This is podcast episode #1, thank you so much for tuning in! Maybe you’re listening because you’re familiar with our organization, the National Center on Sexual Exploitation, or maybe you just clicked on it because of the catchy name. Either way, I’m glad you’re here!
Today I’m going to give you a quick tour of what we’re about and what you can expect to gain from this podcast. We’re gonna get you the information and practical tips you need to combat sexual exploitation.
What is sexual exploitation? In a broad (and incomplete) sense, it’s any situation where someone is being used - for another’s sexual pleasure - in a way that lacks consent, or is demeaning or harmful. That means we’ll be talking about sex trafficking, prostitution, pornography, rape culture, campus sexual assault, and more.
Unfortunately, this issue is prevalent in our culture today -- we are constantly hearing questions like “does the super bowl really cause sex trafficking?” and “is prostitution a job like any other?” and “is porn actually linked to increased sexual violence?”
We’re going to talk with experts every week about these topics that are happening around us every day - and even better, we’re going to give you a clear action step you can take at the end of every podcast episode. Sometimes the world can be a depressing place - but we are seeing so much hope, and so many prominent victories in the movement against sexual exploitation, and I want to give you the tools to join in, and make a difference.
To tell you a little more about me, I work at the National Center on Sexual Exploitation (or NCOSE), a non-profit located in Washington DC that works to address the links between all forms of sexual exploitation. You’ll hear a lot about NCOSE because most weeks I’ll be joined by a colleague from this organization who will help me answer the big questions.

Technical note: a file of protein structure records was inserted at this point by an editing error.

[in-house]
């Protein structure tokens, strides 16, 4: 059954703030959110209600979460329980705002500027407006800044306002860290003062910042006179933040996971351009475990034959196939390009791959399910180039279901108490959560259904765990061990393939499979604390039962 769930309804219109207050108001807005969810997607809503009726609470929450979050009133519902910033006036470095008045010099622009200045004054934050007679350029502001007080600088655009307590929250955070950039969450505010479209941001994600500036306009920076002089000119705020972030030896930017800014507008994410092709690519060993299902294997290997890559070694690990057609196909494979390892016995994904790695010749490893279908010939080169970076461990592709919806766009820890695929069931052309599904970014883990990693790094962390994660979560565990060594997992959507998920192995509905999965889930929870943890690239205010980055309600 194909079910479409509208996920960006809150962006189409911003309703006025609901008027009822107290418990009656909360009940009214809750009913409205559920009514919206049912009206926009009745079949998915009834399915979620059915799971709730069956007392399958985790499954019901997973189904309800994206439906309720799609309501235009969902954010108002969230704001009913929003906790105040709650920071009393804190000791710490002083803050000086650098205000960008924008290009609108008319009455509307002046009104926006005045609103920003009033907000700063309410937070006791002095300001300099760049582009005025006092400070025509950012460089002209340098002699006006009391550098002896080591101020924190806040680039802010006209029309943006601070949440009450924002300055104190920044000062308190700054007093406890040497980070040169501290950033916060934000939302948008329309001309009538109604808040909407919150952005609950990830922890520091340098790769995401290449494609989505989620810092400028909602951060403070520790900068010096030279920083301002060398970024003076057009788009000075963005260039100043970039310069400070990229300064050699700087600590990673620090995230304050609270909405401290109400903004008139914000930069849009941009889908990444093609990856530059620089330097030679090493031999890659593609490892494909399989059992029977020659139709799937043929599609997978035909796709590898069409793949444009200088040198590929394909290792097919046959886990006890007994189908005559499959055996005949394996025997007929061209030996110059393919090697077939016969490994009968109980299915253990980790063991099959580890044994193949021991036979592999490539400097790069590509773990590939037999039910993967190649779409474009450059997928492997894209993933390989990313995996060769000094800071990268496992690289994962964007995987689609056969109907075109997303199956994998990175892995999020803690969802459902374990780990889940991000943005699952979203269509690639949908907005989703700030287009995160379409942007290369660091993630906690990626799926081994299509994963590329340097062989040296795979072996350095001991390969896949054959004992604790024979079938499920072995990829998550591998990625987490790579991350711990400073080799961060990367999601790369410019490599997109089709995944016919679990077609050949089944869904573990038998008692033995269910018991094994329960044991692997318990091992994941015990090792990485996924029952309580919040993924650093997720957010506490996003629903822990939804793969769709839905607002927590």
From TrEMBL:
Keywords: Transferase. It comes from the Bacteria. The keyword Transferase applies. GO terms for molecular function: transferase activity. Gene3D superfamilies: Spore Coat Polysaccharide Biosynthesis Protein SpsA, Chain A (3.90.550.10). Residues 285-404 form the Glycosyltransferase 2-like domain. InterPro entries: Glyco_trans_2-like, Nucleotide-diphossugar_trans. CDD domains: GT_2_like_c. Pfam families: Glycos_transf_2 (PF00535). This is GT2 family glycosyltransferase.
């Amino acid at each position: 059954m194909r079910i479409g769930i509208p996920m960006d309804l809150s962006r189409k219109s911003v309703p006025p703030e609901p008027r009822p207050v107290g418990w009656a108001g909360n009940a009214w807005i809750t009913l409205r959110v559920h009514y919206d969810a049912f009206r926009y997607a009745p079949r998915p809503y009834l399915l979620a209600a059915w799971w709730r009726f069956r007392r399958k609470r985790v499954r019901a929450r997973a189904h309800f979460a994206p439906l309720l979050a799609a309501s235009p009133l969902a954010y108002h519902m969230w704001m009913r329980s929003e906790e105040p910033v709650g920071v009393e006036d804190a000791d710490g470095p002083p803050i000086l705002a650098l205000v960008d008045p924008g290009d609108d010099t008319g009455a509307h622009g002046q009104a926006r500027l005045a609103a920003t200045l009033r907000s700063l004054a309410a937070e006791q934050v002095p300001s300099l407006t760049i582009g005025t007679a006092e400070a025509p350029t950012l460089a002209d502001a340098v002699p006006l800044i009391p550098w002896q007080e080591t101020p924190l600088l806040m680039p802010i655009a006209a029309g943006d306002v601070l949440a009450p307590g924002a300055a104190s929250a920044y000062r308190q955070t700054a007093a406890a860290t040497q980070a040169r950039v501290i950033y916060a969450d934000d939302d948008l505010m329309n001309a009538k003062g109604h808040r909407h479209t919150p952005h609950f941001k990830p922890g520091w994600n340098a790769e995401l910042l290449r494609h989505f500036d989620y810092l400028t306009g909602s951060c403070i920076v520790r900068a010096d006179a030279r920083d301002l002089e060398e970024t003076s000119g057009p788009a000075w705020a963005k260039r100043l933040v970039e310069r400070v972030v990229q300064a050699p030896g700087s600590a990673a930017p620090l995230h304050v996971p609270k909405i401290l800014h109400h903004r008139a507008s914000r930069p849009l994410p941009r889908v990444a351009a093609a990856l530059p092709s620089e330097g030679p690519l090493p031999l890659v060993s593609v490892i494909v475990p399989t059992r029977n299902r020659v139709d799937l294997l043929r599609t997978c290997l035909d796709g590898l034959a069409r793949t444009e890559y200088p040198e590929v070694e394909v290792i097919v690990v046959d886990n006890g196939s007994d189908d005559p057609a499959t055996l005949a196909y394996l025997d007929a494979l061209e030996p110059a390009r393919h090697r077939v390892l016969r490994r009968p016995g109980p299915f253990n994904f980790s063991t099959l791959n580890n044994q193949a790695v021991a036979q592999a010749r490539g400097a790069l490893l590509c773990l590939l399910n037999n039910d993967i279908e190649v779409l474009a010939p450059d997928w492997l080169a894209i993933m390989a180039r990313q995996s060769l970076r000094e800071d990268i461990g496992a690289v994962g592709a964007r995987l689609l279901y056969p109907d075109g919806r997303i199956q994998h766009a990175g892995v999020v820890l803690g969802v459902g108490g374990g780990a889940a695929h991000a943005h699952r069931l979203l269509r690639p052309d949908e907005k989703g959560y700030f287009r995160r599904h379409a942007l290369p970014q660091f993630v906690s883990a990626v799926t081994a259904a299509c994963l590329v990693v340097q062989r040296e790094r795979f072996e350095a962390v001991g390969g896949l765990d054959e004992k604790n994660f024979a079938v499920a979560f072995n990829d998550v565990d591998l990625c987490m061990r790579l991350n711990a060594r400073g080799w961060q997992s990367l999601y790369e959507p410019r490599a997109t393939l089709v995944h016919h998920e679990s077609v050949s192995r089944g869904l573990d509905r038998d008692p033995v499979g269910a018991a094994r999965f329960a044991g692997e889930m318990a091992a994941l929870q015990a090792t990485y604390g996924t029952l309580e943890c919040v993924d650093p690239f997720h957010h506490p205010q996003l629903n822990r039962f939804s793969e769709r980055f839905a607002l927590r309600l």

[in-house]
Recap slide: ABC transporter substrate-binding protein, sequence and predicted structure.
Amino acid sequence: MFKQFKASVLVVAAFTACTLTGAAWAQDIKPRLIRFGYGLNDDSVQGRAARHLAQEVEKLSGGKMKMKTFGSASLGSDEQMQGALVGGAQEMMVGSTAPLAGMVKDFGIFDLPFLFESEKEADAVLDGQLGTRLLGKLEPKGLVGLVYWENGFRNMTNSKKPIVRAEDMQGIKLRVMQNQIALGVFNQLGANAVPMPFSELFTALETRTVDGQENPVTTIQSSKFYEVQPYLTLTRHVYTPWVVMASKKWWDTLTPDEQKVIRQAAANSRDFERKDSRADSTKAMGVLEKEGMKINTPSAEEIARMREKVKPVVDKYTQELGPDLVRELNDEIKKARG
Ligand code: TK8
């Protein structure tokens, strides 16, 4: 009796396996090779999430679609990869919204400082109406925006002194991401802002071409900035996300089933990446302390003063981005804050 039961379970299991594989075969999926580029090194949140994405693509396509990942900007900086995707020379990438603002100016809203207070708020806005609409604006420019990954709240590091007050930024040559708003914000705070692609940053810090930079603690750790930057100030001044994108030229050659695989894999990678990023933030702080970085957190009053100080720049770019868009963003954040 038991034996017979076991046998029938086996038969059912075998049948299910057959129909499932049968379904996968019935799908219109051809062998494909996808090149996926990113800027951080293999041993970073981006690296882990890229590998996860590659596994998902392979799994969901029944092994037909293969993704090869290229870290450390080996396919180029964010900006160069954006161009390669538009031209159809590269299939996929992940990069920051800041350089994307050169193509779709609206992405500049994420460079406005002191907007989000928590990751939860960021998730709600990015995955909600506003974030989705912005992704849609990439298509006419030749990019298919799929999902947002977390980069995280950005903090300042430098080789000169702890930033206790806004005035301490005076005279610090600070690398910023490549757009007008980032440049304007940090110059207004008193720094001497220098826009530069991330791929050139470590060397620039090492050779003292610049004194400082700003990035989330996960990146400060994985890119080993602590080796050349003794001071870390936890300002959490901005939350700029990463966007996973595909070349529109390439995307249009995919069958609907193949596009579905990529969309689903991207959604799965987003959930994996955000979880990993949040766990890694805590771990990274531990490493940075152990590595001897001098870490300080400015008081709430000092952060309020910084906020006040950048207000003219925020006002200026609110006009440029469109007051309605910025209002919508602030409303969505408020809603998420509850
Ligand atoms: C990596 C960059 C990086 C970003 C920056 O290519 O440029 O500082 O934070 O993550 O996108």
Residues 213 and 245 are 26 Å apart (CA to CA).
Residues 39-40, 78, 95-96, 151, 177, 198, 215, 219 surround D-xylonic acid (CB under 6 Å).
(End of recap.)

NCOSE was founded in 1962, and it embraces a mission to defend human dignity and to advocate for the universal right of sexual justice, which is freedom from sexual exploitation, objectification, and violence.
All you need to know now, is that NCOSE does three things 1) public education 2) coalition leadership of around 300 organizations and experts and 3) changes corporate or governmental policies that facilitate sexual exploitation. Last year, in fact, we changed 15 corporate policies at places like Google, Hilton Worldwide, and Overstock.com.
I got into this work because I’m really passionate about human rights, and about getting people like you involved in this fight. I remember when I was in college the topic of “sex trafficking” was really “hip” for lack of a better word. Everyone I knew was talking about it, but nobody knew what they could do to actually make a difference. And now that I’ve found so many ways one individual can have an impact - I’m excited to share!
Anyway, thank you so much for listening and joining us in this movement. Make sure to check out our website: endsexualexploitation.org to learn more about what the National Center on Sexual Exploitation does, and be sure to tune in for our next podcast where we’re going to answer the question: is porn causing a public health crisis?
If you have any questions you want us to address during our podcasts, please email firstname.lastname@example.org.
Thank you again for all of you who have listened - this has been the Sexploitation podcast. Have a great week.